I hope this demystifies your current experience and suggests some pointers:

Surely vaccines would trigger "covid" like symptoms (rather than flu like) among which neurological damage is fairly common?

In my case similar effects on my body from actual covid were like being stabbed all over the body, (eyes, feet, torso, arms, hands, neck, head) by long shards of glass or spears. (Some describe something similar as "6 inch nails.") After 2 months my symptoms then morphed into random and persistent electric shock sensations in the same places for about 3-6 months, then becoming more like pins and needles with skin burning sensations into later months. At month 14 now these have almost gone and occur rarely.

My young adult son has had a very similar covid experience in terms of both Initial Infection and in Long Covid. His hands and chest are affected more than the rest of his body.

Many with Long Covid describe annoying "tingling" and "bubbling" as well as versions of neurological symptoms like ours. If you search and read some of the articles in the Guardian you'll get an idea of what people are saying. (Rest of the UK press is maintaining silence). The Scientist, BMJ and various Jama prints are best sources, I've found for the science which is slowly catching up with patient-led research.

So, I would imagine the tingling means the vaccine is working well and you are getting a hint of a tint of what covid would do to your body. My son is only just recovered back to his 'long covid pre vaccine 1 baseline' and we are scheduled to get No 2 in a fortnight. (Pfizer.)

I've learned GPs might be useful for reporting symptoms but in terms of actually accessing medical care, or investigations, it is best to keep your hopes low as the predominant outcomes in relation to anything to do with covid are: neglect, gaslighting, denial of and claiming physiological effects like the one you describe, as 'anxiety' or 'depression. ' In UK expect to be prescribed antidepressants or CBT to help you to deal with nerve pain, chest pain or any other covid sequelae.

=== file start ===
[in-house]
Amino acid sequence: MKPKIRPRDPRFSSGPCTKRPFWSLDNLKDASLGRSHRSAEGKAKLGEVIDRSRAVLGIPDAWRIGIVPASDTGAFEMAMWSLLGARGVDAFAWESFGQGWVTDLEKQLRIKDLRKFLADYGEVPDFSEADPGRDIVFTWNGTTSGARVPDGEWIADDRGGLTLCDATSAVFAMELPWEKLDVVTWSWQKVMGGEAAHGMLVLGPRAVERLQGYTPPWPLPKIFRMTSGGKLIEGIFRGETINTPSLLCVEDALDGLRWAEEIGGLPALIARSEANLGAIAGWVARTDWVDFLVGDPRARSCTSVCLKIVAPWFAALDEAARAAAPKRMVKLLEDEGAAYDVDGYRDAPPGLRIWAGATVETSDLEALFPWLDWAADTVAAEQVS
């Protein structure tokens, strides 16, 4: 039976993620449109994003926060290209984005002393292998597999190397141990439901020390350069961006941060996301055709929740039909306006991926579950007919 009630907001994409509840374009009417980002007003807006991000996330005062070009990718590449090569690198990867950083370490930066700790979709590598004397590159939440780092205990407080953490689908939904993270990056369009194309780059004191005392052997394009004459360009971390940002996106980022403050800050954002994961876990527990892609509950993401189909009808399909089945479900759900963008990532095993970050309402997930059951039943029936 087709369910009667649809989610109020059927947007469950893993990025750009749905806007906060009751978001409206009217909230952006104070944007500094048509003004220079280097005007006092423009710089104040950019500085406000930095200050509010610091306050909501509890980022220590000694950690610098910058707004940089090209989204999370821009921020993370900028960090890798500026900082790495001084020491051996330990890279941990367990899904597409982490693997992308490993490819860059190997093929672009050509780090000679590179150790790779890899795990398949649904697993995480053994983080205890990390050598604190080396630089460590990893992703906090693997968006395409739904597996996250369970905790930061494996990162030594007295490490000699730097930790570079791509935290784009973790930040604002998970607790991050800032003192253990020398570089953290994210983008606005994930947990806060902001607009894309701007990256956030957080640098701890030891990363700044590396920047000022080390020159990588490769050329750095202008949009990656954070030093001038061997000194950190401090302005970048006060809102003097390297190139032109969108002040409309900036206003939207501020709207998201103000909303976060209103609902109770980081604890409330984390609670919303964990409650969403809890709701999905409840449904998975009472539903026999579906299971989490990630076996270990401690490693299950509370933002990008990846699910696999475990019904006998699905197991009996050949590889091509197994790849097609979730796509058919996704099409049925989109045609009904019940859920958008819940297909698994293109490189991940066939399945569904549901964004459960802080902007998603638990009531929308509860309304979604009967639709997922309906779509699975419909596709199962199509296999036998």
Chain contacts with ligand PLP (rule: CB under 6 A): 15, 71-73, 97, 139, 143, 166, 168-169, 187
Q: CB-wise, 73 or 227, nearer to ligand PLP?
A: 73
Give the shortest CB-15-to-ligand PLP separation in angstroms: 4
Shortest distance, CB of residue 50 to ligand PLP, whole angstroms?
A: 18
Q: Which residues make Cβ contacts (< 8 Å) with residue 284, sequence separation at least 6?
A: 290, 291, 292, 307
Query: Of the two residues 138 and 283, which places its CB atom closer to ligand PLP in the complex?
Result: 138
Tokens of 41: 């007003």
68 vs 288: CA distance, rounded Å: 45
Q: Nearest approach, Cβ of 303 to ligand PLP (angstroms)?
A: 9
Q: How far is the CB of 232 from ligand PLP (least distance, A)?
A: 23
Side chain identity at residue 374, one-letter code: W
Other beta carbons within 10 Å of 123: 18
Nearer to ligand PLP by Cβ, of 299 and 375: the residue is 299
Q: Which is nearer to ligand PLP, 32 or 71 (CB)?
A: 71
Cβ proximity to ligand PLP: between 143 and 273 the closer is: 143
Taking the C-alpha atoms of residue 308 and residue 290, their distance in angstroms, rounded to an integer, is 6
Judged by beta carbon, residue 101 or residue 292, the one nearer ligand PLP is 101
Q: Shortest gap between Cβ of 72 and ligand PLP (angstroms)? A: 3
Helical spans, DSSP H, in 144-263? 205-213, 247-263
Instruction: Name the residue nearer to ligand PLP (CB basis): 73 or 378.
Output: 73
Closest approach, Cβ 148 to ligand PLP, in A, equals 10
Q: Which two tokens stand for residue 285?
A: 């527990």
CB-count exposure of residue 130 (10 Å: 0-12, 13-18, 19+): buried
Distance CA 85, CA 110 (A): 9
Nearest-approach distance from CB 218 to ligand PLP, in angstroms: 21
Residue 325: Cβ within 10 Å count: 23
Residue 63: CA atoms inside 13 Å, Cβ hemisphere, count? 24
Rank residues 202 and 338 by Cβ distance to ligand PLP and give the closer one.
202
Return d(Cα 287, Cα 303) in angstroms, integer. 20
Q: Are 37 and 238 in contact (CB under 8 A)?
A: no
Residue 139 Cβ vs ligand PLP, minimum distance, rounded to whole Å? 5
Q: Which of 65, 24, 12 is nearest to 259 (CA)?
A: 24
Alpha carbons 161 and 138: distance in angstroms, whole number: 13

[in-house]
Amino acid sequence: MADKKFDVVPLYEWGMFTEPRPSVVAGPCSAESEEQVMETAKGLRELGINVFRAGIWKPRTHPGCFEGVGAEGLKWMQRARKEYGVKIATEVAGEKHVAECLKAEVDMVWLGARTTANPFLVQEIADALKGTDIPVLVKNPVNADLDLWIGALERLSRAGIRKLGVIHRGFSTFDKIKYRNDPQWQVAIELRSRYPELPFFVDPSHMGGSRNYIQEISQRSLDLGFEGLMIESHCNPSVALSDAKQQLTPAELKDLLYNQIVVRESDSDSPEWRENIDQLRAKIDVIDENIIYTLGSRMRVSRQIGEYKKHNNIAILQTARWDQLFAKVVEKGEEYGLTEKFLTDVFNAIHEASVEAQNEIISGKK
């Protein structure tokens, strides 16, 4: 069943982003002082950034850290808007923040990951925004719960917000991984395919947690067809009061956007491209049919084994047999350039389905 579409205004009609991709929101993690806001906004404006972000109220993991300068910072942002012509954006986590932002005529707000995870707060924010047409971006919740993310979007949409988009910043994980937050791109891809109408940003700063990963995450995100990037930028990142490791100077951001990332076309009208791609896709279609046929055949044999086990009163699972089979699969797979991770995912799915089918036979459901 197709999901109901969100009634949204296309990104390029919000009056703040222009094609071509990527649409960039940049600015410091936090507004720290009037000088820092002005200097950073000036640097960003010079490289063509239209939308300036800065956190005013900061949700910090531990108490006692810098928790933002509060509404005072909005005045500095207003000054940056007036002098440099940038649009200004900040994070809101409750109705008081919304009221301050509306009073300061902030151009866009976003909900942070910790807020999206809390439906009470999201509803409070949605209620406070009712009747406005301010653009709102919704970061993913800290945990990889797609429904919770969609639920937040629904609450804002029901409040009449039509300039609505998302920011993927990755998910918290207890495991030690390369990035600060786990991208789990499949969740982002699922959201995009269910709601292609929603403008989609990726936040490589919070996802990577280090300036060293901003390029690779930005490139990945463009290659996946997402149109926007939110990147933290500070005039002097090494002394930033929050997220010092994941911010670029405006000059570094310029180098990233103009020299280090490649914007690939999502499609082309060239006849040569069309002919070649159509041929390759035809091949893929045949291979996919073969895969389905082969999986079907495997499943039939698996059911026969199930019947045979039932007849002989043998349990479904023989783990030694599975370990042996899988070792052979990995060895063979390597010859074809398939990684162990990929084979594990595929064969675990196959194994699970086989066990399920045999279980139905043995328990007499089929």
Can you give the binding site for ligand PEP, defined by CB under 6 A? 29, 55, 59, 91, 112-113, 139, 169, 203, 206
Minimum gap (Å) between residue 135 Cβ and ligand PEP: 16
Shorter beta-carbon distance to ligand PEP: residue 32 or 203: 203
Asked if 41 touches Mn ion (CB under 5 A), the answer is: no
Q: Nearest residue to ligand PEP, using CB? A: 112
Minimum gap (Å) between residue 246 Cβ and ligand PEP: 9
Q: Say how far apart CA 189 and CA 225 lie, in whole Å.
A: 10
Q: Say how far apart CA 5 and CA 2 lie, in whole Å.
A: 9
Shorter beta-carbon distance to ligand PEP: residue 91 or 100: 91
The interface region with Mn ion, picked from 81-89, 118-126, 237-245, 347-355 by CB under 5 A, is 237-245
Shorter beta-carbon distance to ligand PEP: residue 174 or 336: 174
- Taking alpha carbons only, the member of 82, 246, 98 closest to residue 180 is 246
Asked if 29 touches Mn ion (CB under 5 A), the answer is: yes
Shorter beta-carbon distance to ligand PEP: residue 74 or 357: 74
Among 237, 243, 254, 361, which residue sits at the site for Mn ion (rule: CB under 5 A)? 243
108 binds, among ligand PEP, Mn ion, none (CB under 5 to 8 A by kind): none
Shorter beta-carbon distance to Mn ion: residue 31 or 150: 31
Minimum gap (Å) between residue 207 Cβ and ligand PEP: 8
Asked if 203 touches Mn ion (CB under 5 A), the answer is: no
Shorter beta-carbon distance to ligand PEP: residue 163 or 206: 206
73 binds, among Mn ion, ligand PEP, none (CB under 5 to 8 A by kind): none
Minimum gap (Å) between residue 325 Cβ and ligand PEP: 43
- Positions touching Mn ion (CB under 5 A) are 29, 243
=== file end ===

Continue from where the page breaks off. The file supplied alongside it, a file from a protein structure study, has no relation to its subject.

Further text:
My own learning (as a non medic, 14 month Long Hauler determined to regain pre-infection health) is that symptoms like yours are most likely damage to the myelin sheath which covers the nerves (a bit like the plastic insulation coating on electric cables) which normally heals at 1-2mm per month. From what you've described I'd guess you're experiencing only the mildest among possibilities and probably looking at only a matter of months till it goes.

Maybe, assuming you've no adverse interactions, it's worth trying an antihistamine in case it's the MAST cell activation that many people are experiencing? Different people are finding different versions better. I was best on Benadryl, others on Loratadine or Cetrizine. And you may need to take a dose in the morning and evening, ie double. Just watch it's not for more than 4 months if it's one which has effects on brain (alzheimer linked) in the longer term. GP is unlikely to care one way or the other, so you'll need to do your own checks. They cite "X drug is not licenced for use with covid related illness" and generally decline to do anything. If I were you I'd avoid mentioning anything to do with covid / vaccine and just stick to dates and symptoms. You're more likely to be able to actually access care.

I've learned too that surviving 'mild' Covid is a huge lesson in patience towards the ignorant, and generating unwarranted civility towards the dismissive, rude, and abusive. In terms of our bodies, and minds, gentleness, acceptance, self-compassion and trusting and knowing oneself keeps us sane and giving our bodies the best chance of dealing with whatever covid and the vaccines throw at us.

Activities which soothe and calm the Autonomic Nervous System (ANS) and move us from sympathetic to parasympathetic can make a difference over time too. So you could add in some of those.